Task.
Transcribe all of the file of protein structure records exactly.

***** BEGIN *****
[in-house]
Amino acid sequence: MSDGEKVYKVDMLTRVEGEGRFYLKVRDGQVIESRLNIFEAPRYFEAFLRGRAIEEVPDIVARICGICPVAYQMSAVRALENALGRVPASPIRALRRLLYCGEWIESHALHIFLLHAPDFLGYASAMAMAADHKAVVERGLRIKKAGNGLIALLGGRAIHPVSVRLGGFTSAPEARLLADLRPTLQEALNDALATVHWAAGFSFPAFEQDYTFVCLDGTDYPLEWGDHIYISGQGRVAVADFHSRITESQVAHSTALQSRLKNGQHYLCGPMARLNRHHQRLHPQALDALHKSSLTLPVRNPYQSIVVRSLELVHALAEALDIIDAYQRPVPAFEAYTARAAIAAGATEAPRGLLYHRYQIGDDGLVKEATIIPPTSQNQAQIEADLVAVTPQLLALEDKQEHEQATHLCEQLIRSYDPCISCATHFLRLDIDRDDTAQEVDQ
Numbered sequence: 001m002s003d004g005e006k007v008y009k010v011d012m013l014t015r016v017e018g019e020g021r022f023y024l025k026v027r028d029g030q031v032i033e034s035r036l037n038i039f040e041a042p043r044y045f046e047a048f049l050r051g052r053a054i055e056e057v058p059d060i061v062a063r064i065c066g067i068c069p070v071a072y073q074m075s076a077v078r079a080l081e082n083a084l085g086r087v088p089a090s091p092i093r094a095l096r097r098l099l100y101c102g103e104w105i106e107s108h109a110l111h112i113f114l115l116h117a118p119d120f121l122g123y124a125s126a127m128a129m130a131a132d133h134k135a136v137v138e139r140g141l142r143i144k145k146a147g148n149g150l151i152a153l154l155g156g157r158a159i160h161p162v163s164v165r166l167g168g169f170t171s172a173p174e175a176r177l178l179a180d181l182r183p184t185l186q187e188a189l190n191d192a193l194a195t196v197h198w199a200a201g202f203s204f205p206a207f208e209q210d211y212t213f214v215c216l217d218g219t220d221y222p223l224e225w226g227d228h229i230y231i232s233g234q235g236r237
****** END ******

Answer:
[in-house]
Amino acid sequence: MSDGEKVYKVDMLTRVEGEGRFYLKVRDGQVIESRLNIFEAPRYFEAFLRGRAIEEVPDIVARICGICPVAYQMSAVRALENALGRVPASPIRALRRLLYCGEWIESHALHIFLLHAPDFLGYASAMAMAADHKAVVERGLRIKKAGNGLIALLGGRAIHPVSVRLGGFTSAPEARLLADLRPTLQEALNDALATVHWAAGFSFPAFEQDYTFVCLDGTDYPLEWGDHIYISGQGRVAVADFHSRITESQVAHSTALQSRLKNGQHYLCGPMARLNRHHQRLHPQALDALHKSSLTLPVRNPYQSIVVRSLELVHALAEALDIIDAYQRPVPAFEAYTARAAIAAGATEAPRGLLYHRYQIGDDGLVKEATIIPPTSQNQAQIEADLVAVTPQLLALEDKQEHEQATHLCEQLIRSYDPCISCATHFLRLDIDRDDTAQEVDQ
Numbered sequence: 001m002s003d004g005e006k007v008y009k010v011d012m013l014t015r016v017e018g019e020g021r022f023y024l025k026v027r028d029g030q031v032i033e034s035r036l037n038i039f040e041a042p043r044y045f046e047a048f049l050r051g052r053a054i055e056e057v058p059d060i061v062a063r064i065c066g067i068c069p070v071a072y073q074m075s076a077v078r079a080l081e082n083a084l085g086r087v088p089a090s091p092i093r094a095l096r097r098l099l100y101c102g103e104w105i106e107s108h109a110l111h112i113f114l115l116h117a118p119d120f121l122g123y124a125s126a127m128a129m130a131a132d133h134k135a136v137v138e139r140g141l142r143i144k145k146a147g148n149g150l151i152a153l154l155g156g157r158a159i160h161p162v163s164v165r166l167g168g169f170t171s172a173p174e175a176r177l178l179a180d181l182r183p184t185l186q187e188a189l190n191d192a193l194a195t196v197h198w199a200a201g202f203s204f205p206a207f208e209q210d211y212t213f214v215c216l217d218g219t220d221y222p223l224e225w226g227d228h229i230y231i232s233g234q235g236r237